As an example, let’s say that an average house has a £100,000 mortgage against it. If the lender charges a 4% early redemption charge and a £50 exit fee, the total amount the seller will have to pay would be £4,050. This would almost double the cost of selling, compared to if they owned the property outright or waited longer until the ERC may fall to a lower rate of say 1 or 2% a few years later.

In addition to these charges, conveyancers will often charge additional fees when dealing with a mortgage. This is because they have to complete more work themselves, such as communicating with the lender and settling the mortgage at completion.

One way to potentially reduce some costs is by ‘porting’ the mortgage. Porting allows a seller to move their existing mortgage from one property to another. While lenders will charge for this, porting is often a lot cheaper and quicker than having to apply for a new mortgage product.

However, If your financial situation has changed, porting a mortgage may be difficult because lenders will take your current income and earnings into account.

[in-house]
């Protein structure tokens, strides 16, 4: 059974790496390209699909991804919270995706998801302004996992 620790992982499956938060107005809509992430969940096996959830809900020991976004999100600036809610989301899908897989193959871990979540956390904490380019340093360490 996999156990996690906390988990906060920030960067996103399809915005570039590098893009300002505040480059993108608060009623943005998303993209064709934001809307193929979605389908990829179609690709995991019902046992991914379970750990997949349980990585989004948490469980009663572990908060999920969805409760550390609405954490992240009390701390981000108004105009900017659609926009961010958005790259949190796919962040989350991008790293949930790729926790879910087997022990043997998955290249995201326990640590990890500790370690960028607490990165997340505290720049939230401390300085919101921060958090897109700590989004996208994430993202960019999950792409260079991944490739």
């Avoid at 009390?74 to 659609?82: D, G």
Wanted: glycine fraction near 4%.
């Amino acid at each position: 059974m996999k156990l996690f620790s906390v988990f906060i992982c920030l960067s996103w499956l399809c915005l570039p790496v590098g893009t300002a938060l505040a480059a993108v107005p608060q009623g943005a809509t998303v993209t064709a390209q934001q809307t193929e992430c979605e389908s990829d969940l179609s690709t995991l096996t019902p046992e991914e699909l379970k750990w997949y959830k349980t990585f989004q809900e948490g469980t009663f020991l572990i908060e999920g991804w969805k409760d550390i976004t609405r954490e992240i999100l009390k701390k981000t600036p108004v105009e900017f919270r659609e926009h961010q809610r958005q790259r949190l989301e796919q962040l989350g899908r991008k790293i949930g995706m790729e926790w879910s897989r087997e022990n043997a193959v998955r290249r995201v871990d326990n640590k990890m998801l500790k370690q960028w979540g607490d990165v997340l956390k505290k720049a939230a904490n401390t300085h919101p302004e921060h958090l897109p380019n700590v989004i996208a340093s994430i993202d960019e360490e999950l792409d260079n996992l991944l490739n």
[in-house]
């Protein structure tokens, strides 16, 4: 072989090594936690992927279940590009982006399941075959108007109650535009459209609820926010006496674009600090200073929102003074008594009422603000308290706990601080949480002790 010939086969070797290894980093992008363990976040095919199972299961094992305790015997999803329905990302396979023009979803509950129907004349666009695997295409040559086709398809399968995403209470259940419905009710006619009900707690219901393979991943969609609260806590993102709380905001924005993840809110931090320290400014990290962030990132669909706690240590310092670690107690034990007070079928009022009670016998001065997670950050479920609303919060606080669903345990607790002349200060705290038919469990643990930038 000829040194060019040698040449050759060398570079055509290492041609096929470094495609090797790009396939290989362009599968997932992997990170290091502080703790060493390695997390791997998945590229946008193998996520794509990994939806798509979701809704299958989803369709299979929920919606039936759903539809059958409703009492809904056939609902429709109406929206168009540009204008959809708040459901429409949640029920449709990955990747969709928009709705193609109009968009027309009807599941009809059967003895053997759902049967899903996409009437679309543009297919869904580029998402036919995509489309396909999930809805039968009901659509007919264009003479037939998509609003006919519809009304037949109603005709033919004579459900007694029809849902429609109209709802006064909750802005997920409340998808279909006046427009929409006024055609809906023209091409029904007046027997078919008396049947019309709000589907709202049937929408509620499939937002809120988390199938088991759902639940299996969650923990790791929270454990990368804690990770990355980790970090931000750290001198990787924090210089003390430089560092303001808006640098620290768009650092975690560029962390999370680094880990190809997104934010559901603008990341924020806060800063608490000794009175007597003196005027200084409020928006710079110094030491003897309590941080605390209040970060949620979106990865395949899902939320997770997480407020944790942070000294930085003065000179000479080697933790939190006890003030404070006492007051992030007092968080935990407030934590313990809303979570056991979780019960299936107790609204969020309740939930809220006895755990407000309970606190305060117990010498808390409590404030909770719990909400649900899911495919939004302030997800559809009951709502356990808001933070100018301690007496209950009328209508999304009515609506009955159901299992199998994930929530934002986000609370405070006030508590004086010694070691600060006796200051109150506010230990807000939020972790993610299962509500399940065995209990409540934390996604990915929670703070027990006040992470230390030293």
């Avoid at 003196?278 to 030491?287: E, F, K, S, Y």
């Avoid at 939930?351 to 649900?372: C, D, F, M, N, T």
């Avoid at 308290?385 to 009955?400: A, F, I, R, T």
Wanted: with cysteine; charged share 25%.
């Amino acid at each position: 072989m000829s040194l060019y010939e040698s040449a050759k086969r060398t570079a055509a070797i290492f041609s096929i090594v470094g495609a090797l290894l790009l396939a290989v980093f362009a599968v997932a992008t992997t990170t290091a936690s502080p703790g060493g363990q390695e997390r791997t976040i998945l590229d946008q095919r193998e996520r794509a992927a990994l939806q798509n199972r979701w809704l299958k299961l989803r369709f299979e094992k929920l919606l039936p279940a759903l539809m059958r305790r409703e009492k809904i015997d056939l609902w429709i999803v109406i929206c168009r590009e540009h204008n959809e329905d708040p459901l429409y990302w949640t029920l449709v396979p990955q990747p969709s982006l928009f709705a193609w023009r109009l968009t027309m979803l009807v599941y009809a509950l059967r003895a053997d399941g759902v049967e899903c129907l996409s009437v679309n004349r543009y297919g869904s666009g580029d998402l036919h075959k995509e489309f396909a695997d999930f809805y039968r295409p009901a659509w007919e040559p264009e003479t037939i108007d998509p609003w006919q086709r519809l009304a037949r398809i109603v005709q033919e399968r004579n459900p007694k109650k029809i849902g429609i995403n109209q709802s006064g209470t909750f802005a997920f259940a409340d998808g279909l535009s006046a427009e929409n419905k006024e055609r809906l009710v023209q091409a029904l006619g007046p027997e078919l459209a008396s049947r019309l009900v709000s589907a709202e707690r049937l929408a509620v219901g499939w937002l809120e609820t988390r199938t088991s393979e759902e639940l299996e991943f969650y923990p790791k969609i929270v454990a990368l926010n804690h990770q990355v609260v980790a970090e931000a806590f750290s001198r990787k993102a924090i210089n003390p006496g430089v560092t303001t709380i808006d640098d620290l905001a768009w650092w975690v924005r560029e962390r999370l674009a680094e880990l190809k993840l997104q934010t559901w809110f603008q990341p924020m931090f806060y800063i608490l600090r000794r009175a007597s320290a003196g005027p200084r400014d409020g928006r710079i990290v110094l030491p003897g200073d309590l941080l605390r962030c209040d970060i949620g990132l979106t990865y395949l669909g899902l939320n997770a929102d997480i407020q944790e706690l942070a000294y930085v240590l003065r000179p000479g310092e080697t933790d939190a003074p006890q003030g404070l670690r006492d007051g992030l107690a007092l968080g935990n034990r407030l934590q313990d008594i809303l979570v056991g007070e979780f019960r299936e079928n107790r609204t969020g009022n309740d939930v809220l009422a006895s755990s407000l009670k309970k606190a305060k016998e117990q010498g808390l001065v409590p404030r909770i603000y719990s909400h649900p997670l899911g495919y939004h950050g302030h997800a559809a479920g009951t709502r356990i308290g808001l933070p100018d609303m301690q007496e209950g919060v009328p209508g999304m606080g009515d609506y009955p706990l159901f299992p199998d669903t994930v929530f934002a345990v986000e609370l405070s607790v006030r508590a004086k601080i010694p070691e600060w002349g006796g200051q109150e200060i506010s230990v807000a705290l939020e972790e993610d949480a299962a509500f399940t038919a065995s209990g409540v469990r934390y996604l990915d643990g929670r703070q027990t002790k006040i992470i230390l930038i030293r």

8. Capital Gains Tax considerations

In simple terms, Capital Gains Tax (CGT) is a tax charged on the profit made when you dispose of a property that is not your principal home.

If you are selling a property in the UK, it’s important to consider the potential CGT implications. This is especially the case for landlords and second homeowners.

This is because generally CGT is not charged when selling your primary residence, as you can claim Private Residence Relief (PRR), but when selling other property it will be charged at 18 or 28% dependent on if you are a basic or higher rate taxpayer.

Note that if your main residence is exceptionally expansive, has very large grounds, or is partially used as a business, you could find yourself paying capital gains tax on a portion of its value when you sell it.